J Integr Plant Biol. ›› 2014, Vol. 56 ›› Issue (5): 470-479.DOI: 10.1111/jipb.12114

• Research Articles • Previous Articles     Next Articles

Wheat genotypic variability in grain yield and carbon isotope discrimination under Mediterranean conditions assessed by spectral reflectance

Gustavo A. Lobos1, Iván Matus2, Alejandra Rodriguez2, Sebastián Romero-Bravo1, José Luis Araus3 and Alejandro del Pozo1*   

  1. 1Plant Breeding and Phenomic Center, Faculty of Agricultural Sciences, University of Talca, Talca, Chile
    2CRI-Quilamapu, Agricultural Research Institute, Chillán, Chile
    3Plant Physiology Department, Faculty of Biology, University of Barcelona, Barcelona, Spain
  • Received:2013-04-30 Accepted:2013-09-26 Published:2014-05-01
  • About author:*Correspondence: E-mail: adelpozo@utalca.cl

Abstract:

A collection of 368 advanced lines and cultivars of spring wheat (Triticum aestivum L.) from Chile, Uruguay, and CIMMYT (Centro Internacional de Mejoramiento de Maíz y Trigo), with good agronomic characteristics were evaluated under the Mediterranean conditions of central Chile. Three different water regimes were assayed: severe water stress (SWS, rain fed), mild water stress (MWS; one irrigation around booting), and full irrigation (FI; four irrigations: at tillering, flag leaf appearance, heading, and middle grain filling). Traits evaluated were grain yield (GY), agronomical yield components, days from sowing to heading, carbon isotope discrimination (Δ13C) in kernels, and canopy spectral reflectance. Correlation analyses were performed for 70 spectral reflectance indices (SRI) and the other traits evaluated in the three trials. GY and Δ13C were the traits best correlated with SRI, particularly when these indices were measured during grain filling. However, only GY could be predicted using a single regression, with Normalized Difference Moisture Index (NDMI2: 2,200; 1,100) having the best fit to the data for the three trials. For Δ13C, only individual regressions could be forecast under FI (r2: 0.25–0.37) and MWS (r2: 0.45–0.59) but not under SWS (r2: 0.03–0.09). NIR-based SRI proved to be better predictors than those that combine visible and NIR wavelengths.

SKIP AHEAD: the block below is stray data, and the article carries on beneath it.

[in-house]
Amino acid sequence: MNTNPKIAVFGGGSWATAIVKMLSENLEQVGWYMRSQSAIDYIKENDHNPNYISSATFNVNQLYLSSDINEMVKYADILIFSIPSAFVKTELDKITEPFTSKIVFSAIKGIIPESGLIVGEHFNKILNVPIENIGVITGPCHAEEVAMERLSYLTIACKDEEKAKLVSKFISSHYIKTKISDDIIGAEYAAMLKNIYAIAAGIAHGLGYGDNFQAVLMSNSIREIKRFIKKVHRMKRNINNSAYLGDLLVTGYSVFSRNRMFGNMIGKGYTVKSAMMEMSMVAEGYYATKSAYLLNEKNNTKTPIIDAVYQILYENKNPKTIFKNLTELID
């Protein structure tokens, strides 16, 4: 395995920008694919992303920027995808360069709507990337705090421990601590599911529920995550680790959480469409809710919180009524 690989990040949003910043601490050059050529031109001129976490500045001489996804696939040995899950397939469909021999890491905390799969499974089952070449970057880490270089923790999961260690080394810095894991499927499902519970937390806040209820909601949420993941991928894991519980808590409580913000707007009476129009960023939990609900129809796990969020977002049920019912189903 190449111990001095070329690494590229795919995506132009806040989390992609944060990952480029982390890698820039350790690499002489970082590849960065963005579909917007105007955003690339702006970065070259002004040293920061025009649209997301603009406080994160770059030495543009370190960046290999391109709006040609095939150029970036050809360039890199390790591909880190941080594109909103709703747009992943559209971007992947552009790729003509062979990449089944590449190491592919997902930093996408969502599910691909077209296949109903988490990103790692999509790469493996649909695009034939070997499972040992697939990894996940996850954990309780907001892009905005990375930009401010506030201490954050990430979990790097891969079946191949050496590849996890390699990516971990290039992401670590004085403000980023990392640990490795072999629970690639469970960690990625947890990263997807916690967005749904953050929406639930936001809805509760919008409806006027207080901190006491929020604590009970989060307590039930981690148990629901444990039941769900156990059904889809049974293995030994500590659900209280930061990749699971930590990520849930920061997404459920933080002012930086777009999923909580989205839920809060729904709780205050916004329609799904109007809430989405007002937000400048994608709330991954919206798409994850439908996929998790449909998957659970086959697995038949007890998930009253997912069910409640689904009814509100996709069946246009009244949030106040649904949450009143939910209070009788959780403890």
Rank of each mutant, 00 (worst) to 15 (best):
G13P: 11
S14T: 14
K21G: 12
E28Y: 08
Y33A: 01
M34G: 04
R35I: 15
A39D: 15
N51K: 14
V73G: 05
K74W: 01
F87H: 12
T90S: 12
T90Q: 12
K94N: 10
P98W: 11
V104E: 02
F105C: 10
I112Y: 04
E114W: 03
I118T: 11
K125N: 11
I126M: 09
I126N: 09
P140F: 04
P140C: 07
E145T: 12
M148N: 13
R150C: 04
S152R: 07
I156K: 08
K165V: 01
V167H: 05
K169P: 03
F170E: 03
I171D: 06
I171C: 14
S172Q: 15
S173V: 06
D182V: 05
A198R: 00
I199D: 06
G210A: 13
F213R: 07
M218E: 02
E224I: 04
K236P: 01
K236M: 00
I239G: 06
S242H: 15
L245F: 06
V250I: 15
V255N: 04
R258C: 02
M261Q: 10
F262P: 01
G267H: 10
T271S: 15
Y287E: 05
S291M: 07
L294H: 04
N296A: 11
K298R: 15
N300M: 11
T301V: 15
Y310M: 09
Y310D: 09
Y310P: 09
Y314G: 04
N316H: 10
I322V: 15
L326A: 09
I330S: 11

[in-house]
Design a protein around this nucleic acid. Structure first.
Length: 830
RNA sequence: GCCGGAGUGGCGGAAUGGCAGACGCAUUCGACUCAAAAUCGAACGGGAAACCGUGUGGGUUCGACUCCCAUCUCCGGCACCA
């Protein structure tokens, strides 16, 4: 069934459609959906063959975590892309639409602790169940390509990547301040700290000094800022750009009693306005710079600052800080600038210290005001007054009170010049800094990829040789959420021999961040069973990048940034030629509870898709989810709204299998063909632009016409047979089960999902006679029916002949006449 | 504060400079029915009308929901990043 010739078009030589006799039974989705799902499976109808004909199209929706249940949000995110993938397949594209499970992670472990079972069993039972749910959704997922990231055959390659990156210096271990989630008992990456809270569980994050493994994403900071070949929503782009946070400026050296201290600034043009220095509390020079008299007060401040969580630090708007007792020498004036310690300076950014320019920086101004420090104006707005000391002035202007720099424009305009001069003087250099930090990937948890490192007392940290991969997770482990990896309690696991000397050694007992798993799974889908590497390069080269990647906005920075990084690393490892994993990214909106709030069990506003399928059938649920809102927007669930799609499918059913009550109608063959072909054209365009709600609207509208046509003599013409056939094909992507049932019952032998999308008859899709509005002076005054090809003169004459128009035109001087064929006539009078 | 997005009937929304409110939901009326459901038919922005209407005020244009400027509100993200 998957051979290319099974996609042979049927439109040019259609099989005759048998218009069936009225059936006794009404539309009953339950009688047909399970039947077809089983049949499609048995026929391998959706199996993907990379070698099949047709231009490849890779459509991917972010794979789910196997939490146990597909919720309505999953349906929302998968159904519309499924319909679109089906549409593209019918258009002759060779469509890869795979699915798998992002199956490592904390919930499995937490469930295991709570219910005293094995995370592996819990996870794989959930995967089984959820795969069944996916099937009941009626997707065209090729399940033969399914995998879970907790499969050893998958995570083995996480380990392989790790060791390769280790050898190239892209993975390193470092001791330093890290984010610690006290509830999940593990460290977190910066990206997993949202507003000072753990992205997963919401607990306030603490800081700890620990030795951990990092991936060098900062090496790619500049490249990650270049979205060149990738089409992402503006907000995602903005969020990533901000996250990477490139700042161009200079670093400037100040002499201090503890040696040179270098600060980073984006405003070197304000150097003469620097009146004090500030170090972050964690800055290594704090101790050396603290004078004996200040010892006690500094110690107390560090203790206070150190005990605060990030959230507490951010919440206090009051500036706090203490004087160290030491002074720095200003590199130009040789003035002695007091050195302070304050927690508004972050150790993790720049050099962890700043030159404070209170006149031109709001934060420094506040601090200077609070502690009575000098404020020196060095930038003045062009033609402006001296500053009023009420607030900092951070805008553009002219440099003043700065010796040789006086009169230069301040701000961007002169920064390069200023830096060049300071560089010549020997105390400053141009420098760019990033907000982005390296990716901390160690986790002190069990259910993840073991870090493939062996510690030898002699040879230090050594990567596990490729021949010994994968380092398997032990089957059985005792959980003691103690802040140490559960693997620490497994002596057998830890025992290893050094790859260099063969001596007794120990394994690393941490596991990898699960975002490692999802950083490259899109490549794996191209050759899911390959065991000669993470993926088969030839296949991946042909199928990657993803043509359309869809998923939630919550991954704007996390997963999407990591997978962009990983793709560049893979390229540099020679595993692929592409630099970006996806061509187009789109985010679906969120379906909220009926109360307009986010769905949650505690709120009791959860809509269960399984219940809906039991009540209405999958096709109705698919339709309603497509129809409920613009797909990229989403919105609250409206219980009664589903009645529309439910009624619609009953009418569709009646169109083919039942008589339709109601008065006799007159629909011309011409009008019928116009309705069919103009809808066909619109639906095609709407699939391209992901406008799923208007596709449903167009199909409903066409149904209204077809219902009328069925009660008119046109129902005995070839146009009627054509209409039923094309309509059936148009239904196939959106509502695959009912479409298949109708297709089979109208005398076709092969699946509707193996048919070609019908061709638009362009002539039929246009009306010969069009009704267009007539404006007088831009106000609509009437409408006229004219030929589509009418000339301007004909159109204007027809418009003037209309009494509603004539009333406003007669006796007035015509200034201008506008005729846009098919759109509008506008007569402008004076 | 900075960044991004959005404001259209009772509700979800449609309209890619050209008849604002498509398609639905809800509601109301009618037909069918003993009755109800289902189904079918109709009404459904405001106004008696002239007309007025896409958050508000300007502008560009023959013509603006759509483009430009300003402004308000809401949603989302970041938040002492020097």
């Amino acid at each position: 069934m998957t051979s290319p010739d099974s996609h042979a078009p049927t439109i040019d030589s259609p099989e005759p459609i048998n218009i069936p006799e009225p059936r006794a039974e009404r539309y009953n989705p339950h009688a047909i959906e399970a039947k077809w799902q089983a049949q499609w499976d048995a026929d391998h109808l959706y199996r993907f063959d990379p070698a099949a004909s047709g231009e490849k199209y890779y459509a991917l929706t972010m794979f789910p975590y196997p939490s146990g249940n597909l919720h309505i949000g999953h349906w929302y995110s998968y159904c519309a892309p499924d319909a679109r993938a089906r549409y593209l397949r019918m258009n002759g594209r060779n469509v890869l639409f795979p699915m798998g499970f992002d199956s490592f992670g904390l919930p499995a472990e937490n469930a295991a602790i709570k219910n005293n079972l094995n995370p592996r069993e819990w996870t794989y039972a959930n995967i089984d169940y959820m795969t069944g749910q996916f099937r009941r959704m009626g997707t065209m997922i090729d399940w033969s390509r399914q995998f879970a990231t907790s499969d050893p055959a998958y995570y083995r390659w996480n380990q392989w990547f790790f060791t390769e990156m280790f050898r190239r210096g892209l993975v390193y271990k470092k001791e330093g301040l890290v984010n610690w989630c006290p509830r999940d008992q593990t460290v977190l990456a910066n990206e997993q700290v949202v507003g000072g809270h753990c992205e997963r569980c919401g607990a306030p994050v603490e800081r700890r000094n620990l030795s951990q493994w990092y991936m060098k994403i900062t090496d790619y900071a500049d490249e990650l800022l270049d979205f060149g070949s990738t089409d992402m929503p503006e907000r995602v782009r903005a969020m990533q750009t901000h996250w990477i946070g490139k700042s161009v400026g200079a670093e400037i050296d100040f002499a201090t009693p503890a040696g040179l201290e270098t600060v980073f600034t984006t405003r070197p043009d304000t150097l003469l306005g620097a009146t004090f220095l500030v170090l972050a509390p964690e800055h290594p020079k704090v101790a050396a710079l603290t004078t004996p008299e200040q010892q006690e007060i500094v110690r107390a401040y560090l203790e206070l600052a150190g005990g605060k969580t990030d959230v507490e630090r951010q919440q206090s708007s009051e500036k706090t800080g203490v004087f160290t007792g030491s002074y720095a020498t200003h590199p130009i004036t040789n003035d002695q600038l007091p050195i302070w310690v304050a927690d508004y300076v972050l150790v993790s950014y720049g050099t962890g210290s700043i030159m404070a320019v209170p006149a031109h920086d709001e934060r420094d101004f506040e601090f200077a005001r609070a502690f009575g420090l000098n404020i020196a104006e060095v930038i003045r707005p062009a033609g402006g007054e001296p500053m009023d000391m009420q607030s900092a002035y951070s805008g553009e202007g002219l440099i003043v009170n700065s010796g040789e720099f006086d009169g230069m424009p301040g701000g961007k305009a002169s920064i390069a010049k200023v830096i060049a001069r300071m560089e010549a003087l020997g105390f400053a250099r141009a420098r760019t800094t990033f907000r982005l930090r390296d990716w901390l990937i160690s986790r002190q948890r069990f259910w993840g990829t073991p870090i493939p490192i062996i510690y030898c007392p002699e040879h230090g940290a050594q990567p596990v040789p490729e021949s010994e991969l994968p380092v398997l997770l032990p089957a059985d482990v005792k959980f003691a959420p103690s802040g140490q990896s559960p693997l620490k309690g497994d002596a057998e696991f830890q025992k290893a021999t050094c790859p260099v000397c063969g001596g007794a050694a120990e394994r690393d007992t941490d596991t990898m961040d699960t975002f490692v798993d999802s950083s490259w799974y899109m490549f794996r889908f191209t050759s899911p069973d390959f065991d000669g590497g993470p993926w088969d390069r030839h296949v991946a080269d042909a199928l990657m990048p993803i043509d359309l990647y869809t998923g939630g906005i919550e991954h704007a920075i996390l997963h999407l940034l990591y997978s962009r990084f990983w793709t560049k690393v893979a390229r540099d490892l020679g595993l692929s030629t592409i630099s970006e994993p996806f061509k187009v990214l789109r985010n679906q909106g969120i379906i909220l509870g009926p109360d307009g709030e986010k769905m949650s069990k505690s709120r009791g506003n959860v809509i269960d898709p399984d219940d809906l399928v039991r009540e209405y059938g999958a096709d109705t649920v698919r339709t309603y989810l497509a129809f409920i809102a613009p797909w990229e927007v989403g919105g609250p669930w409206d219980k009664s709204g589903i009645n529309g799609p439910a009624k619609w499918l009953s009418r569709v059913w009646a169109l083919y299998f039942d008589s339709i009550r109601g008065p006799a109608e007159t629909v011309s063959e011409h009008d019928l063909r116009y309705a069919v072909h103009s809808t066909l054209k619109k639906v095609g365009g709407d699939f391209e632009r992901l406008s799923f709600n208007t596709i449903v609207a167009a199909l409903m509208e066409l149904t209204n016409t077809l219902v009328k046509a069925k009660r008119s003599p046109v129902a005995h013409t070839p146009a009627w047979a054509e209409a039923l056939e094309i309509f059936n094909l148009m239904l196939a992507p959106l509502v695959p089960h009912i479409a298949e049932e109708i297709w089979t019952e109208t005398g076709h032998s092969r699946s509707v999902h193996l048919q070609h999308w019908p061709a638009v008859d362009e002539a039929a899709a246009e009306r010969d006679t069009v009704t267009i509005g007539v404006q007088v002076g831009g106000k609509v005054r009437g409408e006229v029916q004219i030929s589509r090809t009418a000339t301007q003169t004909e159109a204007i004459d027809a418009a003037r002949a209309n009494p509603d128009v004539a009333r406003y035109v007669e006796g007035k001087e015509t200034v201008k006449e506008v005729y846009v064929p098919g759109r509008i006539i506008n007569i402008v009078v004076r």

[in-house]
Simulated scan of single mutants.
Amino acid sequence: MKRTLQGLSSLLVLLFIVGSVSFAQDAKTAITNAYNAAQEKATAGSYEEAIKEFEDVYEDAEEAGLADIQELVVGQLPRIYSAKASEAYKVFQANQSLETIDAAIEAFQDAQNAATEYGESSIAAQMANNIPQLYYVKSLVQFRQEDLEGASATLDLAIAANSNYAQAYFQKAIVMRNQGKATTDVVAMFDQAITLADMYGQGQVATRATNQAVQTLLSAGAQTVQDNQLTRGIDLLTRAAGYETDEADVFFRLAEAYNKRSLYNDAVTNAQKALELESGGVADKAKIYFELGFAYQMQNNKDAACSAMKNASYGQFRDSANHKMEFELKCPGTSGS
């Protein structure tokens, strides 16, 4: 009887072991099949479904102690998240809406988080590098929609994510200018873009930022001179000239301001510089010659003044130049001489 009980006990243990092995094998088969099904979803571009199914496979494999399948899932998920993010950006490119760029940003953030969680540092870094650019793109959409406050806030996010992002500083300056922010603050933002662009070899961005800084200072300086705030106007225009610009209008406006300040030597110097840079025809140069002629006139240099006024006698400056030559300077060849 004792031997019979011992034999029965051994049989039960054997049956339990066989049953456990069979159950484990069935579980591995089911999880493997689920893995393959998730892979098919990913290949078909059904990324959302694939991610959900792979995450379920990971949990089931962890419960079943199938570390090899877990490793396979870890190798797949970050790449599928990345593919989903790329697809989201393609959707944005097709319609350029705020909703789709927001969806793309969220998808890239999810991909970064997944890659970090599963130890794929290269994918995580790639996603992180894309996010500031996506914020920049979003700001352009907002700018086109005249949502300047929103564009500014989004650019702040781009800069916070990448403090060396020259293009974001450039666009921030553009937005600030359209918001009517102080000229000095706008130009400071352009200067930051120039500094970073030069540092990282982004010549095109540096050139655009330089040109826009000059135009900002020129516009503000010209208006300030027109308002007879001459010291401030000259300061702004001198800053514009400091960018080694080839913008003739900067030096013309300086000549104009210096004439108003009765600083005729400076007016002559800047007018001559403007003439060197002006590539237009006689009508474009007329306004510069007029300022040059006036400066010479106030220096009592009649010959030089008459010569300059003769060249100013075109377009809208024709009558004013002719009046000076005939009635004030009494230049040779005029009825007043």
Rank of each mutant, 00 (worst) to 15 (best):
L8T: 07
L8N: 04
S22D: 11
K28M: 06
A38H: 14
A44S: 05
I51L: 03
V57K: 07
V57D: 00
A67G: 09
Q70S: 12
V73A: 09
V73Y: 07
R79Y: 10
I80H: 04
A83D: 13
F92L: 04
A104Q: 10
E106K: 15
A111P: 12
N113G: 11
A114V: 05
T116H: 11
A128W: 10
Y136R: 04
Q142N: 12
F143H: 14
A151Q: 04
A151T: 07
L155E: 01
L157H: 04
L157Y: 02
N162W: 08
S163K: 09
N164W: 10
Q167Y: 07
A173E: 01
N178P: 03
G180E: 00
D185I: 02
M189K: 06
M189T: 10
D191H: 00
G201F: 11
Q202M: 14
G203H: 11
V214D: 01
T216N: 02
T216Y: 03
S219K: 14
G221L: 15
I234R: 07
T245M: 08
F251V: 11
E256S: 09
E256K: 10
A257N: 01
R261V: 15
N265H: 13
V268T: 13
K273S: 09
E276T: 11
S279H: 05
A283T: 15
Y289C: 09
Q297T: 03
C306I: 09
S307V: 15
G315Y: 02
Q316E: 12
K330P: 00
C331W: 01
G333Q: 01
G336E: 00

Key words: Breeding, drought, dry matter index, normalized difference moisture index, vegetative index, water index

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